Over six months after the arrest of prominent Emirati human rights defender and blogger Ahmed Mansoor, his whereabouts remain unverified. He has had no access to a lawyer and has only been allowed two short family visits. He is a prisoner of conscience.
Prominent human rights defender, Ahmed Mansoor, remains detained over six months after his arrest. On 17 September he was brought to the Public Prosecution building in Abu Dhabi, capital of the United Arab Emirates (UAE), where his family met him briefly for the second time following a first supervised visit, on 3 April. Even though the authorities claim that he is being held at Central Prison, his exact place of detention remains unverified. Ahmed Mansoor still has no access to a lawyer, and since his arrest has been detained in solitary confinement, which amounts to cruel, inhuman or degrading treatment, and possibly torture. Amnesty International fears for his safety.
Ahmed Mansoor was arrested at his home in the emirate of Ajman in the UAE in the early hours of 20 March. Several hours after his arrest, the official state-run news website, the Emirates News Agency, announced that he was arrested on the orders of the Public Prosecution for Cybercrimes and detained pending further investigation on charges of “using social media [including Twitter and Facebook] sites to publish false and misleading information that harms national unity and social harmony and damages the country’s reputation” and “promoting sectarian and hate-incited agenda”. On 28 March, a group of UN human rights experts called on the UAE to release him immediately, describing his arrest as “a direct attack on the legitimate work of human rights defenders in the UAE”.
They expressed fear that his arrest “may constitute an act of reprisal for his engagement with UN human rights mechanisms, for the views he expressed on social media, including Twitter”. The next day, the UAE authorities responded directly to the statement, disputing the allegation that Ahmed Mansoor’s detention was arbitrary, and stating that he was held in custody at the Central Prison in Abu Dhabi. They added “he has the freedom to hire a lawyer” and that “his family has full access to the place of confinement and is allowed to visit him”.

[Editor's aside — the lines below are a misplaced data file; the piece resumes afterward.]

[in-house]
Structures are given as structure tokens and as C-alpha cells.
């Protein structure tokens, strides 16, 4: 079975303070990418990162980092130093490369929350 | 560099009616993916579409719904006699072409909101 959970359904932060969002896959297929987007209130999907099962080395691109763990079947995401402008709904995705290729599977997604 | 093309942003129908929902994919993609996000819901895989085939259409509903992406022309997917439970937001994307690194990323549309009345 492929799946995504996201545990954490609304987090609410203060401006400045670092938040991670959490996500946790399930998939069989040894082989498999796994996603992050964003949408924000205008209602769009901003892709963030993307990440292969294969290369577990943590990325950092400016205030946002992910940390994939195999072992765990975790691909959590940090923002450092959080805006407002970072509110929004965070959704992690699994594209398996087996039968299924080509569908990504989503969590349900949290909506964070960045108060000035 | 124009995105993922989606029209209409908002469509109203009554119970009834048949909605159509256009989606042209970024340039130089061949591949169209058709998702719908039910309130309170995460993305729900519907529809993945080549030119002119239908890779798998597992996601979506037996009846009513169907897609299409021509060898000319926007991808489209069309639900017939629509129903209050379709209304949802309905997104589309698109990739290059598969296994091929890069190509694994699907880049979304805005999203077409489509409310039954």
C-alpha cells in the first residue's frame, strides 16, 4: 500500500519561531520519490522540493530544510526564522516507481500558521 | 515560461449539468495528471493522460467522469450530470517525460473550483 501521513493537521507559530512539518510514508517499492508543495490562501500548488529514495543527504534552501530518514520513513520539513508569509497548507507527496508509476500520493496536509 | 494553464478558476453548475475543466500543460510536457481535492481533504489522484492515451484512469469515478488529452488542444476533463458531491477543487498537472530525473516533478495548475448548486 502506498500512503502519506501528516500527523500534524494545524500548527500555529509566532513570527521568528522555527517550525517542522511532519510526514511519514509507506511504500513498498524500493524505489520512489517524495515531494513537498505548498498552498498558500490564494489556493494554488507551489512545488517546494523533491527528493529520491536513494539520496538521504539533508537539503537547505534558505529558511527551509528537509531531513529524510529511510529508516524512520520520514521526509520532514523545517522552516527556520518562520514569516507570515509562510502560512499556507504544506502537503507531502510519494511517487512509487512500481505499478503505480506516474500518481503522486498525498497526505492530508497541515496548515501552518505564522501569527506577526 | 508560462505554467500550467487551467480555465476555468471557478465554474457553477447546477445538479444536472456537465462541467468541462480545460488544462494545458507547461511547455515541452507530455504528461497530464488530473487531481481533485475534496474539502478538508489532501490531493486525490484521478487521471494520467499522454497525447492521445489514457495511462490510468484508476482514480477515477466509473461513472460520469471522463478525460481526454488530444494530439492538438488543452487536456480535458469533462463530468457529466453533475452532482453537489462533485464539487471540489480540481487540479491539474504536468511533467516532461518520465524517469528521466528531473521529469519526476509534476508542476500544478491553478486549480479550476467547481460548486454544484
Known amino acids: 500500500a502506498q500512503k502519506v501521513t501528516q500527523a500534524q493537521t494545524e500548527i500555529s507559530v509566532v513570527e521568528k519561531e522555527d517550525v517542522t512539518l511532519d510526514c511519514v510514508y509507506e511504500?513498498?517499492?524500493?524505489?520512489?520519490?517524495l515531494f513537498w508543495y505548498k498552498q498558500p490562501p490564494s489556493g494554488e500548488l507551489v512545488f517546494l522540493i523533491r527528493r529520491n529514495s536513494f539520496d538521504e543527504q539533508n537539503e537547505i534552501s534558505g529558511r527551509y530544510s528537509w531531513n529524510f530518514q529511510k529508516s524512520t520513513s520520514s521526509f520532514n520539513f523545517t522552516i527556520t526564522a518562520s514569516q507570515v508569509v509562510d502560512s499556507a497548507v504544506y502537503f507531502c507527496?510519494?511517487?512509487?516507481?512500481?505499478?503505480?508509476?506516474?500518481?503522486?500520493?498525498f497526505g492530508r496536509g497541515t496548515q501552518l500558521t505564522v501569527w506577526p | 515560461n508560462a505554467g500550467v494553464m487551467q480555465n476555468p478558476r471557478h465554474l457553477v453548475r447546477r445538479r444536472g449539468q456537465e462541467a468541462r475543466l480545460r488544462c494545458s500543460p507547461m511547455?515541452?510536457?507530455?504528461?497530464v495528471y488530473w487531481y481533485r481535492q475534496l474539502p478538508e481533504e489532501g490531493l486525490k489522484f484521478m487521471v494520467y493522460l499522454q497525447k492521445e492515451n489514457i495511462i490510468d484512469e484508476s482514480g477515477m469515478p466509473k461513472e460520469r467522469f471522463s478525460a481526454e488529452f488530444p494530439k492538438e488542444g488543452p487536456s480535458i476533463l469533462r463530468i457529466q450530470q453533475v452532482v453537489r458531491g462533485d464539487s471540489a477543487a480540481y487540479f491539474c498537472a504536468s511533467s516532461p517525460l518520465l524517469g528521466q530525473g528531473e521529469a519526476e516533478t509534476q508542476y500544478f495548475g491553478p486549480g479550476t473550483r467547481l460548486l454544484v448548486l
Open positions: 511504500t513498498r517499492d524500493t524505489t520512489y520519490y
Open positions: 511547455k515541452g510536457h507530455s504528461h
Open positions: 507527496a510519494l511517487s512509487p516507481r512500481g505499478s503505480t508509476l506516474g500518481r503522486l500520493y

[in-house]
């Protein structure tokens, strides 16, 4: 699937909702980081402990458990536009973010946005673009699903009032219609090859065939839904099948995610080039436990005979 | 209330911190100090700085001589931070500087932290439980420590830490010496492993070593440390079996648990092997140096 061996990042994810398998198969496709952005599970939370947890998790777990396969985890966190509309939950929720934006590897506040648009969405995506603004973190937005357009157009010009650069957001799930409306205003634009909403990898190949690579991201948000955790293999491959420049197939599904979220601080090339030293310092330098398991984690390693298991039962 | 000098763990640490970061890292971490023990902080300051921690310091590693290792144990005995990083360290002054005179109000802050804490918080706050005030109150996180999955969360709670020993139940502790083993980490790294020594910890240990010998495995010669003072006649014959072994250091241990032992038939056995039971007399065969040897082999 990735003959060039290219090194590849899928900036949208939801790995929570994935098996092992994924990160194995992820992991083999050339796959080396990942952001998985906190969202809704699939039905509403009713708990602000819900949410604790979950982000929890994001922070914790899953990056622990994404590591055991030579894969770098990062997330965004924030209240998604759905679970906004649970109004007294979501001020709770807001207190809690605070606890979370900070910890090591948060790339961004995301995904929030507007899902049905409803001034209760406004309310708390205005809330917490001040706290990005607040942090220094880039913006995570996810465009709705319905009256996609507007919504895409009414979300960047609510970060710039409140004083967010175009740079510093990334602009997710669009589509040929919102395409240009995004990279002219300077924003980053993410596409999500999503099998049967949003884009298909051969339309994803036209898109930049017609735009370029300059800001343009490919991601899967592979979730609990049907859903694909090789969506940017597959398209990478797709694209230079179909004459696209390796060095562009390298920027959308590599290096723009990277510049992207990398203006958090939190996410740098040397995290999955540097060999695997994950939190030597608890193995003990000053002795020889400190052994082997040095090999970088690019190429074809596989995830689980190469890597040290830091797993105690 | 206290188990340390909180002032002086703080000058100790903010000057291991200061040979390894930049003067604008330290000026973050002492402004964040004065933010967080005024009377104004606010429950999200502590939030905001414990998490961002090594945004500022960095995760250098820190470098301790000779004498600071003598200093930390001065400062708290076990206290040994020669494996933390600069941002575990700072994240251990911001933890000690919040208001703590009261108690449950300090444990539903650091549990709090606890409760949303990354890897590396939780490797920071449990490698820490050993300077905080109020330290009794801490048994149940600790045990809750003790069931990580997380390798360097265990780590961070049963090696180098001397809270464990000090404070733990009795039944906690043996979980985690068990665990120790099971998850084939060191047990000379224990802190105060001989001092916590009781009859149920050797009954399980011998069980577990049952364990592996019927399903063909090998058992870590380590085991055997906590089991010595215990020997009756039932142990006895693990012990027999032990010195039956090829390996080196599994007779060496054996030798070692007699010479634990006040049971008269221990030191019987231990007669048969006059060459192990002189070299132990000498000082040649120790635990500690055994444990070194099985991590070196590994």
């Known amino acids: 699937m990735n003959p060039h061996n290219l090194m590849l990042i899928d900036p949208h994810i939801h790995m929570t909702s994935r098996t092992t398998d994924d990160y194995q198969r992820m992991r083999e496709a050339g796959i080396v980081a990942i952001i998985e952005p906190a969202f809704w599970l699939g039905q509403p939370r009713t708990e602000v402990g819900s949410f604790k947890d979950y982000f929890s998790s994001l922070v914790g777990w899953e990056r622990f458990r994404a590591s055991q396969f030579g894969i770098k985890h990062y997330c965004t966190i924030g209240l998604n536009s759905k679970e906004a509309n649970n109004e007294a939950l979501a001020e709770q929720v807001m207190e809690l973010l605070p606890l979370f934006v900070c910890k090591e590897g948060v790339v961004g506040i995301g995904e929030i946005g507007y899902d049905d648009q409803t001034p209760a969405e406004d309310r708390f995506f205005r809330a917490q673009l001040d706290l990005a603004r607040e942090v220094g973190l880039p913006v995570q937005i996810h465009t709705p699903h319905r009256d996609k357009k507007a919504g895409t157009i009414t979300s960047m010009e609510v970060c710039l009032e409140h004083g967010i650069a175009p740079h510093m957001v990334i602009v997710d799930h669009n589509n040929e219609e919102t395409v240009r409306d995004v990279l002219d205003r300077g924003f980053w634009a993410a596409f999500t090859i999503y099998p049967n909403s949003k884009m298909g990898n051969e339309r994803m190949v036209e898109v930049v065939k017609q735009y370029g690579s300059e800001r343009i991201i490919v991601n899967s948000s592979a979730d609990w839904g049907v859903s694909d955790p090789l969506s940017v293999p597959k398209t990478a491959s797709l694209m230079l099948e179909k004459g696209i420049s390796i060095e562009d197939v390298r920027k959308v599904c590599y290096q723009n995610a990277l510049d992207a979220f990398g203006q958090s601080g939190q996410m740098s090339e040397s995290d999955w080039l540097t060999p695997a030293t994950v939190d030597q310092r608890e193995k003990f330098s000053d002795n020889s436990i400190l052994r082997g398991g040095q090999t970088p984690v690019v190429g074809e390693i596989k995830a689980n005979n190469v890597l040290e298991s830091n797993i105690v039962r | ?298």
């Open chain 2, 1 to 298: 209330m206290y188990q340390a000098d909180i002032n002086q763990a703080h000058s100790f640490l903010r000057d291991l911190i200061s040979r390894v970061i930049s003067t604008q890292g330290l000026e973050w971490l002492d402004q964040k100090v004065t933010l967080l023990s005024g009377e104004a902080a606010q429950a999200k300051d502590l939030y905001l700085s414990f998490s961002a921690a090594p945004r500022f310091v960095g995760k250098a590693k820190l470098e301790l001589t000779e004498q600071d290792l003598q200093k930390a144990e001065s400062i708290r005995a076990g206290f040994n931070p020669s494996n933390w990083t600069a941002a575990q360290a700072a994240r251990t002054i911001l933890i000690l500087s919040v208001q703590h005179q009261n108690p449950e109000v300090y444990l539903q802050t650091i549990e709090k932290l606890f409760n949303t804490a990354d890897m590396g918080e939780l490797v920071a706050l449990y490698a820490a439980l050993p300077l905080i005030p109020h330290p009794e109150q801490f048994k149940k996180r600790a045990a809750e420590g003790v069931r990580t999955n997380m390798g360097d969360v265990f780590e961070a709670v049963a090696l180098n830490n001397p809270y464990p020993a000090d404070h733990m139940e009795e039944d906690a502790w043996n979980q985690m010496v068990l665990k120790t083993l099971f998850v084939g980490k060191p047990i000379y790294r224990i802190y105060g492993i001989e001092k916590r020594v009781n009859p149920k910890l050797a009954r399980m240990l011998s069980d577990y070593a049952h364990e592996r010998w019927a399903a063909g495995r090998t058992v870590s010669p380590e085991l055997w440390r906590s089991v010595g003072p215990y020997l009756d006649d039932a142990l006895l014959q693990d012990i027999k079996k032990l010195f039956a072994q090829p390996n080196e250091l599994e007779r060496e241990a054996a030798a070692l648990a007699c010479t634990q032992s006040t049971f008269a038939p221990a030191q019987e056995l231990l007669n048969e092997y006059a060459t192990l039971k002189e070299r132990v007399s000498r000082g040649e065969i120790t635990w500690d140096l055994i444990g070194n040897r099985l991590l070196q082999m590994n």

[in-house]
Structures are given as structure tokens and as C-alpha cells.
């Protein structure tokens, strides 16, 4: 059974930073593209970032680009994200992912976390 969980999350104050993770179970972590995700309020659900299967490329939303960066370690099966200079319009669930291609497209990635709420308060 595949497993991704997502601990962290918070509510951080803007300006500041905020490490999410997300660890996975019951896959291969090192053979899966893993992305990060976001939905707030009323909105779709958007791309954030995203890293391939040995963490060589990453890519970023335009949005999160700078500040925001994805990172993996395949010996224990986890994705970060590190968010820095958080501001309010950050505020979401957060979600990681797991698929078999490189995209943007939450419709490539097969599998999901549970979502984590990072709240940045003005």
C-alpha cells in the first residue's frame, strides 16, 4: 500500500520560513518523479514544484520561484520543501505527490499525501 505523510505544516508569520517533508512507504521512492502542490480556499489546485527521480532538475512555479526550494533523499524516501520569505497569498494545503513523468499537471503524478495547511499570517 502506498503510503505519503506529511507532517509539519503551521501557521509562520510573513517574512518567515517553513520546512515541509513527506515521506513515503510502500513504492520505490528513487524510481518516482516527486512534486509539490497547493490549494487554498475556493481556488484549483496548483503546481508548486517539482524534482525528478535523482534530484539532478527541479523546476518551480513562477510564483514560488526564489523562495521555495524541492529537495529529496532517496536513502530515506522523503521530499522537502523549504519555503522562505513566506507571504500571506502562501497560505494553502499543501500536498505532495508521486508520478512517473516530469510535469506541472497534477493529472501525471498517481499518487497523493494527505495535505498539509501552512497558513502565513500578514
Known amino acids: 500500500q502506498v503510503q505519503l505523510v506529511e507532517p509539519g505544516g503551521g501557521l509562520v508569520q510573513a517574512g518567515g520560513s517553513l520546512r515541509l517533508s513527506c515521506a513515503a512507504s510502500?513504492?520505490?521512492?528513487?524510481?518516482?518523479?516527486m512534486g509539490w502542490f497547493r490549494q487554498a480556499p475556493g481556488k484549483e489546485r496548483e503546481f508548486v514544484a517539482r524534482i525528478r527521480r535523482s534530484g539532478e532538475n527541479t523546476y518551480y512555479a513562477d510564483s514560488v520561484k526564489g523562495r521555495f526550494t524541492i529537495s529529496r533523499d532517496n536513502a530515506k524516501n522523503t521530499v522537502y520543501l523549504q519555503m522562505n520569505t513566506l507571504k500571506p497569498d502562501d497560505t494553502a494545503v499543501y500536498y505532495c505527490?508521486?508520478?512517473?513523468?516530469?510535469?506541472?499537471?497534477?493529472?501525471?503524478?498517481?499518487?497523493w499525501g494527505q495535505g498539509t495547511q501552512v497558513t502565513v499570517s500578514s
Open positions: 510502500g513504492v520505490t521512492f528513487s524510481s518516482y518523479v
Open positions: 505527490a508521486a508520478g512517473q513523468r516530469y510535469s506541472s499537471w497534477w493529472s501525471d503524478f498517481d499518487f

Ahmed Mansoor is married and is the father of four young boys. He is a member of the advisory committee of the NGO Human Rights Watch’s Middle East and North Africa Division, as well as of the advisory board of the organization Gulf Centre for Human Rights. He has documented the human rights situation in the UAE since 2006 and has spoken out publicly in defence of international human rights in his blog, via social media and in interviews with international media.
He was arrested at his home in the early hours of 20 March 2017. At around midnight, 12 security personnel entered and searched his home, and confiscated his phones and other electronic devices. It is unclear if they presented a search or arrest warrant. After conducting a three-hour search of his home, at around 3:15am, they took him to an undisclosed location.